The private health sector has been growing rapidly in many low and middle income countries, yet not enough is known about its sources of finance or characteristics of its users. Moreover, health care reform measures are leading to alterations in the mix of public and private finance and provision, increasing further the need for information. This paper presents and evaluates some research methods which can be used to collect information relevant to considering policies on the public/private mix. They comprise a household survey, a health diary and interview survey, a bed census, and a health resource survey. Each method is described as it was used in a study in a large urban setting in Thailand, and strengths and weaknesses of the methods are identified. The use of data to estimate the shares of public and private finance and provision, and particularly private sources of finance of public hospitals and public sources of finance for private hospitals, is demonstrated. Policy issues highlighted by the data are identified.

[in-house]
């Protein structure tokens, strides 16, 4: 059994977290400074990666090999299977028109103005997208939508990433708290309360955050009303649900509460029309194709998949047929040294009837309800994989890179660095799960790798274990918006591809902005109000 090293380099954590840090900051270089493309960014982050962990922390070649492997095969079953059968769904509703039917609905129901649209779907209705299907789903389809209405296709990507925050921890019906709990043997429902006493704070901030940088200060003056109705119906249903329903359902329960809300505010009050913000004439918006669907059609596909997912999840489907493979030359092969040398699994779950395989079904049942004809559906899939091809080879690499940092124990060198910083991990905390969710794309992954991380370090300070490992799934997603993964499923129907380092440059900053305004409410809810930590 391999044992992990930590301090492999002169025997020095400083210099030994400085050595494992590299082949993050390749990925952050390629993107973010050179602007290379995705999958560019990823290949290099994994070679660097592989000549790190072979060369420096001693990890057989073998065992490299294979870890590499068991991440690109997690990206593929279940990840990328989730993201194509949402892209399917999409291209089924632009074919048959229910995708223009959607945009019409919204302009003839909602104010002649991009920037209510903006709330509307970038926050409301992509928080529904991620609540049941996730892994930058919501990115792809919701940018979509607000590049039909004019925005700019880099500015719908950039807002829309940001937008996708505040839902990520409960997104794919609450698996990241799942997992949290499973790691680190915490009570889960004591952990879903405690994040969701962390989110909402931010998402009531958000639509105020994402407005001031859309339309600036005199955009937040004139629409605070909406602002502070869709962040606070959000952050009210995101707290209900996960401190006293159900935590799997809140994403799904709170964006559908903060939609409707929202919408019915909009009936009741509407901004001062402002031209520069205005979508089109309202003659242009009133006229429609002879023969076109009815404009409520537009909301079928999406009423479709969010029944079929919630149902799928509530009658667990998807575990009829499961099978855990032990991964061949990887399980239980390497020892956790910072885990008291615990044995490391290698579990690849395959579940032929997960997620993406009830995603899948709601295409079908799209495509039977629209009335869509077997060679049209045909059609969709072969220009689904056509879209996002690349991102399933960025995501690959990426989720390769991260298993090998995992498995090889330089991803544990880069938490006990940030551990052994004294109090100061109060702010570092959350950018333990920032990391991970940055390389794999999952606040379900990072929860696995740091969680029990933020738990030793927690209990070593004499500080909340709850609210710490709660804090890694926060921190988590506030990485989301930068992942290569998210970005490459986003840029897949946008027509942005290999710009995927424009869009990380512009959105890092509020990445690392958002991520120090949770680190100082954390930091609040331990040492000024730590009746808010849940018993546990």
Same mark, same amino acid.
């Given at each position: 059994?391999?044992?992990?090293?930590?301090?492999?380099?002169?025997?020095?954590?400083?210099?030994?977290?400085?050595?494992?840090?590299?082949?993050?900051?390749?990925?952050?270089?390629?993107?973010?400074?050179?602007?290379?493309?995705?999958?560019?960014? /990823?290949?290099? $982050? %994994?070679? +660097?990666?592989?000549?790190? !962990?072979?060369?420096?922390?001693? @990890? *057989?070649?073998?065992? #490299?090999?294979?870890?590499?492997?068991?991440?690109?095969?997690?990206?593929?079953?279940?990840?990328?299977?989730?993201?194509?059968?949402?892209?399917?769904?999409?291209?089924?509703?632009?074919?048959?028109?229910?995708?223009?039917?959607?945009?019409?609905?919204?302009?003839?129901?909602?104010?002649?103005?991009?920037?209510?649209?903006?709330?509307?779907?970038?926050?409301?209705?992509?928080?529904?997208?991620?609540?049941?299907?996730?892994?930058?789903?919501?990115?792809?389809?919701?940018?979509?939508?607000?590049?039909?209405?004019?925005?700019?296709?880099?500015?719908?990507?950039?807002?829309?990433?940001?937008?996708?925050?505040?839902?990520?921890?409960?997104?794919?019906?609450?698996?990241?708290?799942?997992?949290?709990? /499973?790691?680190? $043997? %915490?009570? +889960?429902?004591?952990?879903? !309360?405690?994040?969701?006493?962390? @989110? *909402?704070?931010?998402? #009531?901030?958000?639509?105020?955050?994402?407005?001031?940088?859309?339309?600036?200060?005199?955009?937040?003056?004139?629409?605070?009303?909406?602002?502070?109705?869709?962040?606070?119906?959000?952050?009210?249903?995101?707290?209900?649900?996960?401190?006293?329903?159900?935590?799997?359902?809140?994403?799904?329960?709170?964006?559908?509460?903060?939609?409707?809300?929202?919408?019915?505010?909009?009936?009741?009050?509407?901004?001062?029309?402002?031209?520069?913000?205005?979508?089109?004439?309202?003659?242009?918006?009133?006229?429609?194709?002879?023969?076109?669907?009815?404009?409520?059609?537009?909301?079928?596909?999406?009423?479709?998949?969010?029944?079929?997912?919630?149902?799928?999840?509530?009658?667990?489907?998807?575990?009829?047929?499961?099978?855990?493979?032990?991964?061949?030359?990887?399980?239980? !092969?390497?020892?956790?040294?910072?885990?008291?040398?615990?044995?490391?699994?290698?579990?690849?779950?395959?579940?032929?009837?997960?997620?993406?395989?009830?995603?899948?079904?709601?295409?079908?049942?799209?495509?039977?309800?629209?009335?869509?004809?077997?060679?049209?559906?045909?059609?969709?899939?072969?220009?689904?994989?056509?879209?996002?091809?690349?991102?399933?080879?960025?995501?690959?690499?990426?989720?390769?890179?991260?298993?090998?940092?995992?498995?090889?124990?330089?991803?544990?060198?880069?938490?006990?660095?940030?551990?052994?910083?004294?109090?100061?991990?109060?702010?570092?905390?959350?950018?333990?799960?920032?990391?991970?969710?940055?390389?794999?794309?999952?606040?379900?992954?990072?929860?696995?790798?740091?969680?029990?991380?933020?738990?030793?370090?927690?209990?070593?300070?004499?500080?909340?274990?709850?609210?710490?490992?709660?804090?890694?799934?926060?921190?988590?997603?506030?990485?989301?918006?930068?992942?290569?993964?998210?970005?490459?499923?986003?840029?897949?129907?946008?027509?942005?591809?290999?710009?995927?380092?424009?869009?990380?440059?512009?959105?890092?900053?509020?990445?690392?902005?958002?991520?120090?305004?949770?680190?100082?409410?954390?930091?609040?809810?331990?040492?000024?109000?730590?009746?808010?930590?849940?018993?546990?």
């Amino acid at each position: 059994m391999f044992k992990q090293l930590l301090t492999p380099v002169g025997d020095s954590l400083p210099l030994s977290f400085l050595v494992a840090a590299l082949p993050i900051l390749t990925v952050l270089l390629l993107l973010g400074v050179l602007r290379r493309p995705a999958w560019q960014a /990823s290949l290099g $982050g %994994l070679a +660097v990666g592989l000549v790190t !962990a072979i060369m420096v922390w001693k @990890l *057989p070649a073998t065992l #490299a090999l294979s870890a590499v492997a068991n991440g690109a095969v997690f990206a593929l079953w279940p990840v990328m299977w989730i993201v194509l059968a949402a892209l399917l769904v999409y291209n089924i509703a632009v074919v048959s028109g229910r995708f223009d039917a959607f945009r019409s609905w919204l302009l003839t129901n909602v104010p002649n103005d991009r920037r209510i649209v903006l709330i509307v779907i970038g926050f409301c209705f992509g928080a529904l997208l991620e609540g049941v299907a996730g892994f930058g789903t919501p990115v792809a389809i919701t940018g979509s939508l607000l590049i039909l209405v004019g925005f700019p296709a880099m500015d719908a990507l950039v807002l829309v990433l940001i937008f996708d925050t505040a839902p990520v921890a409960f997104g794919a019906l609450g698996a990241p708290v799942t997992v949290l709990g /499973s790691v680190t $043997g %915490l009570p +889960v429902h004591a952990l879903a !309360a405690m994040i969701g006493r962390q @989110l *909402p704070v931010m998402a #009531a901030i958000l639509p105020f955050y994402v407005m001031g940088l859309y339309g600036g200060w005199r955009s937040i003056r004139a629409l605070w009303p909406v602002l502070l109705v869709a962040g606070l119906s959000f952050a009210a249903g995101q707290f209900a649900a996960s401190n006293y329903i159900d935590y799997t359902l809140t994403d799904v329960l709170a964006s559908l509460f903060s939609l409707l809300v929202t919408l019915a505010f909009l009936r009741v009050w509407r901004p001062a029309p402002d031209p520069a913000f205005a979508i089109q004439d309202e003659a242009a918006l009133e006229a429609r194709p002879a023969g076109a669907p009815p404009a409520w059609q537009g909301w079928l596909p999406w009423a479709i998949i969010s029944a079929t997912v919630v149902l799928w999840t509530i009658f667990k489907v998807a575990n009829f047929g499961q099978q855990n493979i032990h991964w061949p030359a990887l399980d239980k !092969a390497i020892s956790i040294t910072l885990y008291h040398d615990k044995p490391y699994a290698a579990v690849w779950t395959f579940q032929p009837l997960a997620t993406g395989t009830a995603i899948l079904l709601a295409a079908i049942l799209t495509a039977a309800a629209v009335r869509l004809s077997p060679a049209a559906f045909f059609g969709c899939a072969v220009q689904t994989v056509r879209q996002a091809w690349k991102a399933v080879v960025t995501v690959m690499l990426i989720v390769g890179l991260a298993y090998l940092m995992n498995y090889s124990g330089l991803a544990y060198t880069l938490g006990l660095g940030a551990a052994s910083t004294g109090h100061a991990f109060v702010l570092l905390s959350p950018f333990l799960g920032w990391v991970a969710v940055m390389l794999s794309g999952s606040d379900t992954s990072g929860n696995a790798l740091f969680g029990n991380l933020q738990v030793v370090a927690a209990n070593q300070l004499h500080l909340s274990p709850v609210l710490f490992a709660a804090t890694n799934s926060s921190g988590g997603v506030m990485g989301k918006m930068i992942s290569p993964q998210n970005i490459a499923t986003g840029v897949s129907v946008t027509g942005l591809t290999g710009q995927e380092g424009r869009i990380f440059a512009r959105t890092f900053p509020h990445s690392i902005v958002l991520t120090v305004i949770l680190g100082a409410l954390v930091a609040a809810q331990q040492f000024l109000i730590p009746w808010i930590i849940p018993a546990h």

Health Policy and Planning (1998) 13 (3) 234-248 [doi:10.1093/heapol/13.3.234]